Measuring Acidity

What's this Science Bite about?

Try our science experiment – measuring acidity – where you will prepare your own acid indicator by extracting a pigment from a red cabbage and use it to look at how acidic some of the things in our kitchen are!

Strong acids are corrosive solutions that break things down e.g. hydrochloric acid breaking down zinc metal powder. This is the same acid that you have in your stomach! Not all acids behave like this though, some are less harmful and these are called weak acids.

You might have heard the term acid related to things we eat and drink. We can measure the acidity of substances using a chemical indicator. Acid indicators tell us how acidic something is by the colour it turns. Red cabbage contains a purple pigment called flavin which changes colour depending on the acidity of the environment it is in. This makes it a good acid indicator.

Always remember to ask your parent or guardian to help you.

What you'll need

  • Gloves – red cabbage juice stains your hands!
  • Red cabbage
  • Large bowl/container
  • 2 jugs – one empty, one with water
  • Sieve
  • See-through containers – e.g. plastic cups
  • Items to test – e.g. vinegar, toilet bleach, fizzy juice, ketchup…

How to do the experiment

Follow the instructions in the video below.

Can't see the video above? Watch it on Youtube.

  1. Rip off the several of the darkest leaves of your red cabbage into a large bowl.

  2. Add enough water to just cover the leaves.

  3. Wearing gloves, mash the leaves for several minutes to extract the colour. Alternatively you can extract the colour using a blender or boiling the leaves in a pot of water. This is the easiest – and perhaps most fun – way to do it.

  4. 3.	Wearing gloves, mash the leaves for several minutes to extract the colour.
  5. Once you have a really intense purple colour, sieve the solution into another jug. The more intense the colour is, the easier it will be to see any colour changes. You now have you indicator solution and are ready to start testing things!

  6. Pour some indicator solution into a few see-through containers.

  7. 5.	Pour some indicator solution into a few see-through containers.
  8. Leave one container as your control. This is what you will use to compare the colour of the indicator once you’ve added something. Having a control is good scientific practise.

  9. To each of the other containers, add different substances to the indicator and see what happens. Only add one foodstuff per container.

  10. 7.	To each of the other containers, add different substances to the indicator and see what happens. Only add one foodstuff per container.

Find out more...

Vinegar is a weak acid, also called acetic acid. It should turn the indicator from purple to pink. The opposite of an acid is a base, or an alkali. A lot of cleaning products are alkaline so adding something like toilet bleach to the indicator will change it from purple to green. Make sure you are wearing gloves when handling cleaning products.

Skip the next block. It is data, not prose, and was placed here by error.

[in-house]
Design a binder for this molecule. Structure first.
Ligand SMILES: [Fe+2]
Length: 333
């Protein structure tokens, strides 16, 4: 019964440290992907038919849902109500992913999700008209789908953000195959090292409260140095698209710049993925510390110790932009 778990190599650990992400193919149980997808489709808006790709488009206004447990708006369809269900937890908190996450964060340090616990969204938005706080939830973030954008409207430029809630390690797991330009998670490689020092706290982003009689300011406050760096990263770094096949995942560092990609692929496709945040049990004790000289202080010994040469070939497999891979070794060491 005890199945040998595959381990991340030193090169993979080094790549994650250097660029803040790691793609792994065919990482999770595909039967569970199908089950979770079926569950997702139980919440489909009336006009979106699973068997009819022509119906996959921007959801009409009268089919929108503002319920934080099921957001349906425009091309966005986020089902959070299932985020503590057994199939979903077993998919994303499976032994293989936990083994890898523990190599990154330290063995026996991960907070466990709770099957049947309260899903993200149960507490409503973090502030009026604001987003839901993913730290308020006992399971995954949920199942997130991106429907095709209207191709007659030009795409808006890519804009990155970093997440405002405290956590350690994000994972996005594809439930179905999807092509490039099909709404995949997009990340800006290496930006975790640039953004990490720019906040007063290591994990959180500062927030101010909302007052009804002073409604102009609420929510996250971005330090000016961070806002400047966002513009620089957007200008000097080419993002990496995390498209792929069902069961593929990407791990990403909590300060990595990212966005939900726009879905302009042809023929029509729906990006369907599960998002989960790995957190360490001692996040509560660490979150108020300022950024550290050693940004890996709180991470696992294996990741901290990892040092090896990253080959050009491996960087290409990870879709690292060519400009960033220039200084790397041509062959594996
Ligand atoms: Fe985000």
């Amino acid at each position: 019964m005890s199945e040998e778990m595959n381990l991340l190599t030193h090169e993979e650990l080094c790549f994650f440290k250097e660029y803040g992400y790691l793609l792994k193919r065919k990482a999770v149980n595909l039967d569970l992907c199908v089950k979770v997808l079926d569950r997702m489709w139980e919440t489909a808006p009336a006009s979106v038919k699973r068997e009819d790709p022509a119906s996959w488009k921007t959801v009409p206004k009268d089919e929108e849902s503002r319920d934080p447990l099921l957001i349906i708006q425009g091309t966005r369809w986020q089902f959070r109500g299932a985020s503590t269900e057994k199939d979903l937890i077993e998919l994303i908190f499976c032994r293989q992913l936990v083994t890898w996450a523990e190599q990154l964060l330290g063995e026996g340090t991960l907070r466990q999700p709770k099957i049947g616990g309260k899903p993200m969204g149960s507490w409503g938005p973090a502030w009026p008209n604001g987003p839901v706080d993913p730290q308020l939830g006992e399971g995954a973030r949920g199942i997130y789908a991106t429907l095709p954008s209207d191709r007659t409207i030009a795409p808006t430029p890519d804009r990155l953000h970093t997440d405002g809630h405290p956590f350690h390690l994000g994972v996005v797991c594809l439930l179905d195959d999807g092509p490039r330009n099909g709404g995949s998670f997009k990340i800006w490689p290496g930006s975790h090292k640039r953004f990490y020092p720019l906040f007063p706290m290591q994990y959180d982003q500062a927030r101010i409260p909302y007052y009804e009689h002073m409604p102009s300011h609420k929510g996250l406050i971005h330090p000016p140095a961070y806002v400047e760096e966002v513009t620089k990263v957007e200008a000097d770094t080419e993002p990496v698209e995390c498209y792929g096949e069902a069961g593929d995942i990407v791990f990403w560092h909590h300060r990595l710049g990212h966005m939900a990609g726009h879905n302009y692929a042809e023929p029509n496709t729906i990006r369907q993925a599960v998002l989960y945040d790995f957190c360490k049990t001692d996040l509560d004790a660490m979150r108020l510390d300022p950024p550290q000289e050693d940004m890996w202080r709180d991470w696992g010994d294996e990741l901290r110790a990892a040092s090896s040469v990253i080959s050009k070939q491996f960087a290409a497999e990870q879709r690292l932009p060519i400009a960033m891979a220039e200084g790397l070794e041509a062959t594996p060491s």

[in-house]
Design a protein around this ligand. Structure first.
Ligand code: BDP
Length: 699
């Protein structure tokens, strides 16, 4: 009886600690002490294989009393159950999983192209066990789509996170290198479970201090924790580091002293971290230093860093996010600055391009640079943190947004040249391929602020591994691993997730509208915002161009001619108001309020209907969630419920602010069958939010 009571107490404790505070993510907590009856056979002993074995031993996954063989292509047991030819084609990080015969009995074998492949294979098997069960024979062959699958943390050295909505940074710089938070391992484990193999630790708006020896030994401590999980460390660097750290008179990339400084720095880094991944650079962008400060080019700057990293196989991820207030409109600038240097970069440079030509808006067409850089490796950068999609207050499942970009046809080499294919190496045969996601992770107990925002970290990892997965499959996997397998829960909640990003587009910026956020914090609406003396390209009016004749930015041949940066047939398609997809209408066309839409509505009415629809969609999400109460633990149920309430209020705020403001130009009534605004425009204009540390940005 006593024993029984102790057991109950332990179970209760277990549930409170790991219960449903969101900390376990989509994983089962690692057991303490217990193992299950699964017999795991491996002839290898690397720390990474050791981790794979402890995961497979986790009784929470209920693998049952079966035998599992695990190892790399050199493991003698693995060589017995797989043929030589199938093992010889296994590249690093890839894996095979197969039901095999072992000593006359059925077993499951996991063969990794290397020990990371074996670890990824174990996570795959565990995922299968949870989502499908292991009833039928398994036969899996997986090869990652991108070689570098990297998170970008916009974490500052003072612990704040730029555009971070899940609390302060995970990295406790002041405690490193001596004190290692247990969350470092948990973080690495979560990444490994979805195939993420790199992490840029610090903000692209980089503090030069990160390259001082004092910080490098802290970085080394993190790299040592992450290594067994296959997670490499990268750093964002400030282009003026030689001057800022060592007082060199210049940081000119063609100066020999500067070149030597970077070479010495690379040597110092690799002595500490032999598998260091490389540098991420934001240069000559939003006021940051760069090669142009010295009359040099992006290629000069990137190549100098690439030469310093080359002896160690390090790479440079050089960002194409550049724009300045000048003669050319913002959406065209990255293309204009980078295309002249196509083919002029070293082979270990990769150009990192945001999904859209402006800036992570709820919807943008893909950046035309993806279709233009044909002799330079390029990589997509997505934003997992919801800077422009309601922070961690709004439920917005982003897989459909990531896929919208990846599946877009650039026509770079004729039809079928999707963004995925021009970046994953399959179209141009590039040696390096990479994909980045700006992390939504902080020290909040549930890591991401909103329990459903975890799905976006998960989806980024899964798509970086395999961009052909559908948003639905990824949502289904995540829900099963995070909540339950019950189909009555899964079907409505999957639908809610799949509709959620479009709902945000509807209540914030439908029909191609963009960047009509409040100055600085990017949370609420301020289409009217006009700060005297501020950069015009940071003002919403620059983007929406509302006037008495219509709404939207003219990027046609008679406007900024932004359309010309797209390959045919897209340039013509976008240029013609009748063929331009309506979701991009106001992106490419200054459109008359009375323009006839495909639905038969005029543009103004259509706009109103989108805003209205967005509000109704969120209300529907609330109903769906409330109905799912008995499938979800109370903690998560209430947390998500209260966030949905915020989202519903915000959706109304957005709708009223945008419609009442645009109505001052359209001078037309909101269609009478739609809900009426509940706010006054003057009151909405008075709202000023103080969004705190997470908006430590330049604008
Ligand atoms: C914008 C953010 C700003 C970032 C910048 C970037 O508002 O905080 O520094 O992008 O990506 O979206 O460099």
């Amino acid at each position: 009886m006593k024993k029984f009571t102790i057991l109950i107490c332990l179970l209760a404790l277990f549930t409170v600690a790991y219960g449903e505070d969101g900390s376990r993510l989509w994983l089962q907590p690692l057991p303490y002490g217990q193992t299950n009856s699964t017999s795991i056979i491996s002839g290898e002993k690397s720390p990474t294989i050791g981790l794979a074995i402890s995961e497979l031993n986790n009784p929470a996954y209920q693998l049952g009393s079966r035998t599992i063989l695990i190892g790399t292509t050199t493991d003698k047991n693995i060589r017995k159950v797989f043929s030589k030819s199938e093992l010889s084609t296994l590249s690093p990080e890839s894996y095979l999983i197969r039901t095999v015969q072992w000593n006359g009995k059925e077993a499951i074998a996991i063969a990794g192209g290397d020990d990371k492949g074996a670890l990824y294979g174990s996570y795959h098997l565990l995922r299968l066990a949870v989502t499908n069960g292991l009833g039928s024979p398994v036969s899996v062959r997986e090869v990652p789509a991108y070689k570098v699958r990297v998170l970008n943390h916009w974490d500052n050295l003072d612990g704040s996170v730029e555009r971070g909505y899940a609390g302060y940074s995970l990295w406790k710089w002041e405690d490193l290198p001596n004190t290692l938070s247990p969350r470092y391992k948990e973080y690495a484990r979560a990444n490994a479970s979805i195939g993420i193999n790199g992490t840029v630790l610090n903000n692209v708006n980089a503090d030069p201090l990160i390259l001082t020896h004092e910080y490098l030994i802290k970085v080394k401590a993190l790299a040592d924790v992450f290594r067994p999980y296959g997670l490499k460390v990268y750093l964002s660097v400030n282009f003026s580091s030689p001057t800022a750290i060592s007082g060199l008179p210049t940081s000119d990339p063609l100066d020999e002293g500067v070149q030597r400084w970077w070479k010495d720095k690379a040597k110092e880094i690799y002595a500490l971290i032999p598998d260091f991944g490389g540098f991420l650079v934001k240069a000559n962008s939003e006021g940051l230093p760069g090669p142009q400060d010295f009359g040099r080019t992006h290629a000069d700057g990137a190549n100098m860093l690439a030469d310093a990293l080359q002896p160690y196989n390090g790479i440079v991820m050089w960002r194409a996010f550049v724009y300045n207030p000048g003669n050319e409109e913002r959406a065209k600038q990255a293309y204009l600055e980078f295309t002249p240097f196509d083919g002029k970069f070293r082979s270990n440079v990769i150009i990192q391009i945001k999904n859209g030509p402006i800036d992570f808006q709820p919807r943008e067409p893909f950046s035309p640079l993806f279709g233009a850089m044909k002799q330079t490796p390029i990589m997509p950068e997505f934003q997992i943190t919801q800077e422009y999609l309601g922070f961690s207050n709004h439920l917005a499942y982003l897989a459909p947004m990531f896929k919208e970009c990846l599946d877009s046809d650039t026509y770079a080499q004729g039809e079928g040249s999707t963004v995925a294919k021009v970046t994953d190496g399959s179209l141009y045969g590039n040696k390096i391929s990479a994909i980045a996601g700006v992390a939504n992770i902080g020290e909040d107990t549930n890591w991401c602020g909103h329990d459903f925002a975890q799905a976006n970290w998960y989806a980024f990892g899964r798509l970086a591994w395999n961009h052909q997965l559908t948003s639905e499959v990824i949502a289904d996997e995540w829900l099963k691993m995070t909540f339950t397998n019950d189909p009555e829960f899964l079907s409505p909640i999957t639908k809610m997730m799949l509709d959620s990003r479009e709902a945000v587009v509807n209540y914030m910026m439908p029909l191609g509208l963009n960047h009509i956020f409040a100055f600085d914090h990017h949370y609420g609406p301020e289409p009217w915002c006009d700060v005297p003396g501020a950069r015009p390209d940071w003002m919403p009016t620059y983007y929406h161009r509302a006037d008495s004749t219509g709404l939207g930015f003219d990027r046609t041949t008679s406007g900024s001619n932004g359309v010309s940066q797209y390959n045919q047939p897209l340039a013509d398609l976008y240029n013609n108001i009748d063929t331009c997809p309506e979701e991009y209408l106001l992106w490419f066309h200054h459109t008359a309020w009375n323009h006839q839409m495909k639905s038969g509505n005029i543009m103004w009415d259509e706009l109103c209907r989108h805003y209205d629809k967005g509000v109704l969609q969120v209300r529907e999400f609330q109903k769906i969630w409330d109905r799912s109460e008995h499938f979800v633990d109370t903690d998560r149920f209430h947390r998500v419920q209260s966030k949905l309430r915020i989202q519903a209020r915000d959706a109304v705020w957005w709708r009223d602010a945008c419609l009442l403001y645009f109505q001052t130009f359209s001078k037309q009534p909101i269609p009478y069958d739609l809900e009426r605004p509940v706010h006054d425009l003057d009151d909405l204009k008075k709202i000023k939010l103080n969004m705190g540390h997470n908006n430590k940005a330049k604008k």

Neutral substances will not change the colour of the indicator because it is already in a neutral environment, water.

Water is made up of tiny particles called molecules. There are millions of these in just one drop! Water molecules have the chemical formula H2O meaning each molecule contains two hydrogen atoms and one oxygen atom. Hydrogen and oxygen are elements, the ingredients that make up water.

Sometimes water molecules split up into charged fragments, called ions. The two ions water usually form are H+ and OH-. H+ is pretty unstable by itself so it usually attaches itself to another water molecule forming H3O+, but H+ is usually written for simplicity.

measuring acidity4

When there are equal numbers of H+ and OH ions in the solution, it is neutral, which is why water is neutral. A solution is acidic if it has more H+ ions than OH- ions in it and alkaline/basic if there are more OH- ions than H+ ions. The presence of metals or non-metals in the water change the number of ions free in the solution.

Scientists measure acidity using the pH scale, which measures the concentration of H+ ions. Neutral solutions have a pH of 7, acidic solutions have a pH less than 7 and basic solutions have a pHmore than 7.

pH scale

Weak acids have pH values near 7 while strong acids have low pH values. You have hydrochloric acid in your stomach, which is so strong it can dissolve zinc metal! The acid needs to be strong so that all the food you eat can be broken down. You stomach has a special outside layer that protects it from digesting itself.

Visit BodyWorks at Glasgow Science Centre - an interactive exhibition all about human health and wellbeing in the 21st Century.

Curriculum Links

Chemical Changes

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